The U.S. wasted 35 million tons of food in 2012. But a single tax deduction could help bring some of those resources to struggling people who are desperate for something to eat.
Hunger awareness advocates are celebrating Wednesday’s Earth Day by urging Congress to pass a bill that would enable small businesses, farmers and restaurants to donate usable excess food to nonprofits that serve people in need. The America Gives More act would allow these groups to write off their donations, a boon that would enable Feeding America alone to serve an additional 100 million meals a year.
Small businesses and farmers often have perfectly edible food -- misshapen apples or a bumper crop that produced more than they projected -- but can’t afford the shipping and transportation costs to give them away. They’ll opt instead for the affordable route, which is dumping it in a landfill.
“Think about restaurants, retailers and farmers,” Carrie Calvert, Feeding America’s director of tax and commodity policy, told The Huffington Post. “There’s a lot of stuff that would be so easy for us to capture and donate.”
Currently, C corporations, which are usually major companies, can take an enhanced tax deduction when they donate excess food. Small businesses and farmers, however, aren’t included under that tax law. Instead, they rely on a temporary tax extender that has expired several times and compels advocates to fight for its renewal each time it expires.
The America Gives More act would offset this issue by creating a permanent deduction that would allow all companies, including small businesses, retailers, restaurants and farmers to take an enhanced tax deduction when donating excess nutritious food.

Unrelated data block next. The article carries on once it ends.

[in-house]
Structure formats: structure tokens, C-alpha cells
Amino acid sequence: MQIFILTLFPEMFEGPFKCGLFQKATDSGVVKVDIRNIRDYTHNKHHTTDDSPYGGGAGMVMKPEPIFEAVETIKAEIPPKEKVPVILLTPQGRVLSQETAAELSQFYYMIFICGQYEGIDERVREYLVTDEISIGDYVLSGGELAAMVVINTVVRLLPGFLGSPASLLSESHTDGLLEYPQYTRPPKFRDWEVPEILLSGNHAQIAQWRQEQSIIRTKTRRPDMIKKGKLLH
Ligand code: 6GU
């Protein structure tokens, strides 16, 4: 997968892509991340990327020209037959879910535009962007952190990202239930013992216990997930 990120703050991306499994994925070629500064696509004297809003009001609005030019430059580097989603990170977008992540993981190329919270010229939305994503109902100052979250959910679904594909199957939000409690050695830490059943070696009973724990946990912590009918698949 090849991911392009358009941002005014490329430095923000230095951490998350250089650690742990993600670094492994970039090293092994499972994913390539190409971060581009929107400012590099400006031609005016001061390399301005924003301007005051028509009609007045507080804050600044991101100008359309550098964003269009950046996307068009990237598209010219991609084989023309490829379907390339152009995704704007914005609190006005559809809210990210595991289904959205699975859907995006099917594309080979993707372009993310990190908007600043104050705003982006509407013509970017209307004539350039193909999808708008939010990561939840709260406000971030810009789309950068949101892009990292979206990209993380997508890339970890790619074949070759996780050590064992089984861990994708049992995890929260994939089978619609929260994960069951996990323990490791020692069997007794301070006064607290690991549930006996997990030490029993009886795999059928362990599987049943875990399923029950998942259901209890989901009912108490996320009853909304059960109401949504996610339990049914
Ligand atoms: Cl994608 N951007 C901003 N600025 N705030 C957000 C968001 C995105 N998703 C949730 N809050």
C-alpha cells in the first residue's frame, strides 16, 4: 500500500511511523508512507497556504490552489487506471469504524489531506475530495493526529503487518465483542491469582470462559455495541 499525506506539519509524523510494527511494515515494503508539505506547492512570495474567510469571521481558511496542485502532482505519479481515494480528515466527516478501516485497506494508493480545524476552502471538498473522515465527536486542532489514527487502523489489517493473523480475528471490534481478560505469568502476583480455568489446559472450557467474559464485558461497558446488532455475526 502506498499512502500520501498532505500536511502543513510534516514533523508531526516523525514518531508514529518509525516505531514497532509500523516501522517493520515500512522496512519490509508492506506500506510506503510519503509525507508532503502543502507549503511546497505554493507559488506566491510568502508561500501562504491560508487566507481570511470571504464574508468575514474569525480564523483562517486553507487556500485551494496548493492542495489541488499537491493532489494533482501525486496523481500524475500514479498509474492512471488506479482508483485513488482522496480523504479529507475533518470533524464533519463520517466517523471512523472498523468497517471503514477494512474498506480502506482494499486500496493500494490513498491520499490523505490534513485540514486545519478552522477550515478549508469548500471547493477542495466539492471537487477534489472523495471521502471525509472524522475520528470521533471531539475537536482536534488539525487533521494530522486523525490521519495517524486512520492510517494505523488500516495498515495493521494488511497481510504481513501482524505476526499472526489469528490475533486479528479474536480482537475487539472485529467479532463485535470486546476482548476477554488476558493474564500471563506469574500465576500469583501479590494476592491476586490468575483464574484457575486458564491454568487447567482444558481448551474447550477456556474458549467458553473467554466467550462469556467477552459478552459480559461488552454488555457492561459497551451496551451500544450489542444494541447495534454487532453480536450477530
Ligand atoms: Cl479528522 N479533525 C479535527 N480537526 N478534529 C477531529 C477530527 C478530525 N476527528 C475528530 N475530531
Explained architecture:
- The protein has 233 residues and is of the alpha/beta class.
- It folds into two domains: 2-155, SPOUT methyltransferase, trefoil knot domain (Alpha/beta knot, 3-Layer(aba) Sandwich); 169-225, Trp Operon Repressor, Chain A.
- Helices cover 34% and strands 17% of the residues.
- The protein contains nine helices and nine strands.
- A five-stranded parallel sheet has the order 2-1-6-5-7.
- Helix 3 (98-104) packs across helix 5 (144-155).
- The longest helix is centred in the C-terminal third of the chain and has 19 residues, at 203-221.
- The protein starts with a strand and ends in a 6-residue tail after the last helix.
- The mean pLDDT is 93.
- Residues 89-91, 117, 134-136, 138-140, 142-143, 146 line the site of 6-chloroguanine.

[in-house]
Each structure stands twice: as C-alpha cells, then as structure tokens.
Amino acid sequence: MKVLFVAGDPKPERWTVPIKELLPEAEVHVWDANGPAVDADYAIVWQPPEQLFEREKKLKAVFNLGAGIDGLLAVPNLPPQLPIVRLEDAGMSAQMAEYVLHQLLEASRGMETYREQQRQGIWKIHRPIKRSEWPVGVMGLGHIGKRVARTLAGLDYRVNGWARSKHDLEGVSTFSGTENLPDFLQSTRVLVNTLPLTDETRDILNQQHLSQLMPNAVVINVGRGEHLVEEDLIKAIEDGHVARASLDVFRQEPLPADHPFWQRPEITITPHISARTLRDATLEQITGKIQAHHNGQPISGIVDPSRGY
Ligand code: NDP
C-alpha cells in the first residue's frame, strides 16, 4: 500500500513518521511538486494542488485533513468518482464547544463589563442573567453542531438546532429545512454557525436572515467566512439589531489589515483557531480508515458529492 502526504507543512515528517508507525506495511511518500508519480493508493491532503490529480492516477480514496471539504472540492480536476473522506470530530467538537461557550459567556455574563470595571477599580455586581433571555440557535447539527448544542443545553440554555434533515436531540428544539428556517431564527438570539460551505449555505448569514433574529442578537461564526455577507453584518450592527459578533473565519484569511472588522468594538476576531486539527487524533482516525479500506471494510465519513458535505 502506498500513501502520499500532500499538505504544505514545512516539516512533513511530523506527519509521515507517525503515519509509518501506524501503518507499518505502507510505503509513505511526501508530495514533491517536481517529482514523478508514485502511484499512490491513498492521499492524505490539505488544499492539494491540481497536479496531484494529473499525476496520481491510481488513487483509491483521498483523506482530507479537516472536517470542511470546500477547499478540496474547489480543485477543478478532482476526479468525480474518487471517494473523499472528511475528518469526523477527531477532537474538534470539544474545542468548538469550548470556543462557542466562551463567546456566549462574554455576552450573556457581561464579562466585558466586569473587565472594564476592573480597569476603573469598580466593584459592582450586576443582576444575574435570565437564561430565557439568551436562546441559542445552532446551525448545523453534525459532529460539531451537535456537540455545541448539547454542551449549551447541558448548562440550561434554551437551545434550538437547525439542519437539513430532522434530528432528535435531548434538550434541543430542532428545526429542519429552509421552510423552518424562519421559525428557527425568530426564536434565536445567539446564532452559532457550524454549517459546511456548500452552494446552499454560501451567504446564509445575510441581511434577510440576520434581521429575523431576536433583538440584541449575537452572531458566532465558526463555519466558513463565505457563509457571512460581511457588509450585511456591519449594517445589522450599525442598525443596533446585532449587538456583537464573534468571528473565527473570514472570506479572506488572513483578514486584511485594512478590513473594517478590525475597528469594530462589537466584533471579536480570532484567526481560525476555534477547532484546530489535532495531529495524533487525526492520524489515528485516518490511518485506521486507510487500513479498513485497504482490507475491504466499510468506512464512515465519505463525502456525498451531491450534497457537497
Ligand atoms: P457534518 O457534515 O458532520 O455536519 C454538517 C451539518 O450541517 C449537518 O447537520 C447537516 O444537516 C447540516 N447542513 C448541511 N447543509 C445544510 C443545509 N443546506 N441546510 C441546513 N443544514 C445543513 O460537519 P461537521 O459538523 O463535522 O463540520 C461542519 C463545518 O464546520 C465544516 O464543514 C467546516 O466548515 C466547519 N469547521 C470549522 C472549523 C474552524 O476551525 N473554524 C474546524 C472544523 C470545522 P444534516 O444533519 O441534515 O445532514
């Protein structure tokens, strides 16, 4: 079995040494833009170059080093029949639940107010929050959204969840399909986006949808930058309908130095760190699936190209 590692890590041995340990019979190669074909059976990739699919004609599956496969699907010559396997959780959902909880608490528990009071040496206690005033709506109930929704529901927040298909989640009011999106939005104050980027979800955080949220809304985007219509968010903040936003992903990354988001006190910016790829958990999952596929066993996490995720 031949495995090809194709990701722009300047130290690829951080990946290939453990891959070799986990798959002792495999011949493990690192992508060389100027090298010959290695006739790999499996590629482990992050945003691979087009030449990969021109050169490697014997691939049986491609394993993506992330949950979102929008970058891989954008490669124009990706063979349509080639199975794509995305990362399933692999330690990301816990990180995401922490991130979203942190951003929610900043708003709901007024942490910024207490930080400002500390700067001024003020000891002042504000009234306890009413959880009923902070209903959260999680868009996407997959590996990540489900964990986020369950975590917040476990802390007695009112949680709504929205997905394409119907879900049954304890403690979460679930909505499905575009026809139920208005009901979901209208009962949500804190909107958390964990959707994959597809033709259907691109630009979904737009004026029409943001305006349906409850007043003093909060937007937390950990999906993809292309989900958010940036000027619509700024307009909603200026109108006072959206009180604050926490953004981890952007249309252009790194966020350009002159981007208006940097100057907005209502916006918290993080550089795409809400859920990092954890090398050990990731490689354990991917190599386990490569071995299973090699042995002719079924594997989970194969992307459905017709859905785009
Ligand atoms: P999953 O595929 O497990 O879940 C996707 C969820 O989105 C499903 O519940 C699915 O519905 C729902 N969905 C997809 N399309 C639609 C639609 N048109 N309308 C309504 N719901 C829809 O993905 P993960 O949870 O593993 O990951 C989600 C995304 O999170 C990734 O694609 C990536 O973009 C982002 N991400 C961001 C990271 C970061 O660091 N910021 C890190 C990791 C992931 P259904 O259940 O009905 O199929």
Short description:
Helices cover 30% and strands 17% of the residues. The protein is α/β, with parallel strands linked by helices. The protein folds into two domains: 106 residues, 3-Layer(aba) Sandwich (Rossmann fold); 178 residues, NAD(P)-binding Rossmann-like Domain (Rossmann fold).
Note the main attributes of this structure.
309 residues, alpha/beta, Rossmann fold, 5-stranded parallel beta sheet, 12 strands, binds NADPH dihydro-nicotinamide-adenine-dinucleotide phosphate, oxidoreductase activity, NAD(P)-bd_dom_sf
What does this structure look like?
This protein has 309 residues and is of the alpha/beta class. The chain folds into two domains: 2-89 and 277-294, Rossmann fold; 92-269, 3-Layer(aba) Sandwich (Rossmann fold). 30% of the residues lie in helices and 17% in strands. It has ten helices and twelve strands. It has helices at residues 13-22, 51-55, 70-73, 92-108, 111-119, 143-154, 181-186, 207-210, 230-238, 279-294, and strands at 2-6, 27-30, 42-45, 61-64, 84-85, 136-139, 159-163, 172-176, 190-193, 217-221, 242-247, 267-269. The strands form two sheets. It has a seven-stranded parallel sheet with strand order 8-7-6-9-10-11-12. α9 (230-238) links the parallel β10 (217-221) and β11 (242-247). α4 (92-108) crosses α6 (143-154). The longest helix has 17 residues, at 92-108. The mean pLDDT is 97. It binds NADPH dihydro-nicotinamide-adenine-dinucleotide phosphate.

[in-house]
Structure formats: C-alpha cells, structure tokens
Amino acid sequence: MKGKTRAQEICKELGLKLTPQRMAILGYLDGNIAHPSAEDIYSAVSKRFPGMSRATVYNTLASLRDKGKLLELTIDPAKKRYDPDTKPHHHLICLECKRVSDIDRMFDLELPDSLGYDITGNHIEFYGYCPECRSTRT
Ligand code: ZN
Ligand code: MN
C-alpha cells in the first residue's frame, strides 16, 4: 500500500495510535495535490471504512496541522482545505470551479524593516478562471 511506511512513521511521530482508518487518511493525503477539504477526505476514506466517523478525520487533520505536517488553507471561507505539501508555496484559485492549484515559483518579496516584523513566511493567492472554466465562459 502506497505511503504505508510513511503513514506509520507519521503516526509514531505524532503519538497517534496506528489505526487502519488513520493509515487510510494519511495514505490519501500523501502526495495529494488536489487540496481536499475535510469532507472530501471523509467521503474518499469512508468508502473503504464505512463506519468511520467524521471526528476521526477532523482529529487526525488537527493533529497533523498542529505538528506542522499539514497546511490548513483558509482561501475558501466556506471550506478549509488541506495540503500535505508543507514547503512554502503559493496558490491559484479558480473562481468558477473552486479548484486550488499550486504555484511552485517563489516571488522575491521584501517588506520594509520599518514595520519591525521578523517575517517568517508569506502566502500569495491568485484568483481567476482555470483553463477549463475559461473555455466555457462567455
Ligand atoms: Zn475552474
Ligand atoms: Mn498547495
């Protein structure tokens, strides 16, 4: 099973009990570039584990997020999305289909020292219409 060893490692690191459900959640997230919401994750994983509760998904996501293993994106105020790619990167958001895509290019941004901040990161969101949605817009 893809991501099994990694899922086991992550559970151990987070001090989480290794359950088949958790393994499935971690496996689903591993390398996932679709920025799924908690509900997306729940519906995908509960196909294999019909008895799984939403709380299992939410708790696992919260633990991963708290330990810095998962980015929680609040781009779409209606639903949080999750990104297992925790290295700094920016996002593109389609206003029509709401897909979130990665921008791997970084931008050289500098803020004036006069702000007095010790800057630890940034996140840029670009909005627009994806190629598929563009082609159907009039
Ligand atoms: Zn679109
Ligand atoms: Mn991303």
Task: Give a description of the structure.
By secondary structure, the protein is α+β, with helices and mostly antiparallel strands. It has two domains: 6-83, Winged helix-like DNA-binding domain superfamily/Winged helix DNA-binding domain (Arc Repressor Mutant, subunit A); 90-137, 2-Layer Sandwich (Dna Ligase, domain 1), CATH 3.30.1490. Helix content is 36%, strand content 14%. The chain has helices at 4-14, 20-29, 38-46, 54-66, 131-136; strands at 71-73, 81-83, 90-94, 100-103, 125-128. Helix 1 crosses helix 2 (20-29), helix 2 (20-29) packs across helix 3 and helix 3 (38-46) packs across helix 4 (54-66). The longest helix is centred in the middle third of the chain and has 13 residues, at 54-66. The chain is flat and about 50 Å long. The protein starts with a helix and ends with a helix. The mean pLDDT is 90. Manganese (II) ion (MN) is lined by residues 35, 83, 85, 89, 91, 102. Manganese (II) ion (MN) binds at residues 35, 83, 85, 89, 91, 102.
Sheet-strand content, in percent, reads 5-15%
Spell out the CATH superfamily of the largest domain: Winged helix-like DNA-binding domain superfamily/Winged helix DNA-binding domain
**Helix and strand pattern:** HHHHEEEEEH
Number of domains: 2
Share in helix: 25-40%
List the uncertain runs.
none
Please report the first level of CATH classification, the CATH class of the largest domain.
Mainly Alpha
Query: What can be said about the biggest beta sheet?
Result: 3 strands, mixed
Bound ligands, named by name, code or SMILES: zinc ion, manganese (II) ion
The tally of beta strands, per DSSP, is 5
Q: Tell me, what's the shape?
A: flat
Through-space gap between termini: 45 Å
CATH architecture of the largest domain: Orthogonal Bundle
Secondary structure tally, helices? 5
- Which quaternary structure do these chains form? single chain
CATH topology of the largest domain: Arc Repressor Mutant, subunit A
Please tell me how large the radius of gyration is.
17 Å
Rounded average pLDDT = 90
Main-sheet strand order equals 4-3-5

Companies donating food could also increase charitable deductions to 15 percent of their income when they donate food inventory. Typically, they can only write off 10 percent of its income for charitable donations.
The House passed the bill in February and is currently waiting the Senate’s consideration.
The legislation could free up an invaluable amount of resources for the 49 million people who are food insecure in the U.S.
A retired farmer from North Carolina, who still works his land as a personal passion, wanted to donate 200,000 apples to Feeding America recently. However, he wouldn’t have been able to take a deduction and he would’ve been taxed at the state level because he was donating his entire crop, Calvert said.
While small companies and farmers still often donate what they can, they can’t afford to scale up the process, because of the costs associated with buying proper packaging, training staff how to store the food and paying the additional wages, among other expenses.
“It’s everywhere,” Calvert said of the potential donations. “[It’s] apple donations, it’s excess cereal that might be sold as animal feed instead of getting donated to a nonprofit. It all adds up to a lot of additional food that we could have donated.”
Find out more about the America Gives More act and how you can urge Congress to pass the legislation here.